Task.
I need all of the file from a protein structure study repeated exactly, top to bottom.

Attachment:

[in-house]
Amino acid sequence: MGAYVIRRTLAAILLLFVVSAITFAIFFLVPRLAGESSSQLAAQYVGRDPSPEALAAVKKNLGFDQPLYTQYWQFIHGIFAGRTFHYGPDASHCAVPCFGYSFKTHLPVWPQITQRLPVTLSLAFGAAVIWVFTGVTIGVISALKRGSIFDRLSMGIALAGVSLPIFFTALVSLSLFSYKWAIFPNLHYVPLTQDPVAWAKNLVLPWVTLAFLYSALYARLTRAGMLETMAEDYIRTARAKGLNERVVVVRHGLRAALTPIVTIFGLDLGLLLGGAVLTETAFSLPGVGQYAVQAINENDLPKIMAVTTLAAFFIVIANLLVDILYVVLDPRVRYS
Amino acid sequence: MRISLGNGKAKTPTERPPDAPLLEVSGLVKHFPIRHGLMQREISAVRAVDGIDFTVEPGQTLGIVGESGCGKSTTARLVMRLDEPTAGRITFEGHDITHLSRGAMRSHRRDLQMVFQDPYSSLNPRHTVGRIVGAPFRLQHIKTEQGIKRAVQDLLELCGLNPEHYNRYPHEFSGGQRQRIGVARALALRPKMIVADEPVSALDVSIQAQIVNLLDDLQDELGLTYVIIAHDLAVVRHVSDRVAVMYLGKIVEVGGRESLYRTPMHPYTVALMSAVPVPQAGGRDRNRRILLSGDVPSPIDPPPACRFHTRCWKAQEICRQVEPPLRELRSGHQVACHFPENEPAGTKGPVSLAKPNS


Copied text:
[in-house]
Amino acid sequence: MGAYVIRRTLAAILLLFVVSAITFAIFFLVPRLAGESSSQLAAQYVGRDPSPEALAAVKKNLGFDQPLYTQYWQFIHGIFAGRTFHYGPDASHCAVPCFGYSFKTHLPVWPQITQRLPVTLSLAFGAAVIWVFTGVTIGVISALKRGSIFDRLSMGIALAGVSLPIFFTALVSLSLFSYKWAIFPNLHYVPLTQDPVAWAKNLVLPWVTLAFLYSALYARLTRAGMLETMAEDYIRTARAKGLNERVVVVRHGLRAALTPIVTIFGLDLGLLLGGAVLTETAFSLPGVGQYAVQAINENDLPKIMAVTTLAAFFIVIANLLVDILYVVLDPRVRYS
Amino acid sequence: MRISLGNGKAKTPTERPPDAPLLEVSGLVKHFPIRHGLMQREISAVRAVDGIDFTVEPGQTLGIVGESGCGKSTTARLVMRLDEPTAGRITFEGHDITHLSRGAMRSHRRDLQMVFQDPYSSLNPRHTVGRIVGAPFRLQHIKTEQGIKRAVQDLLELCGLNPEHYNRYPHEFSGGQRQRIGVARALALRPKMIVADEPVSALDVSIQAQIVNLLDDLQDELGLTYVIIAHDLAVVRHVSDRVAVMYLGKIVEVGGRESLYRTPMHPYTVALMSAVPVPQAGGRDRNRRILLSGDVPSPIDPPPACRFHTRCWKAQEICRQVEPPLRELRSGHQVACHFPENEPAGTKGPVSLAKPNS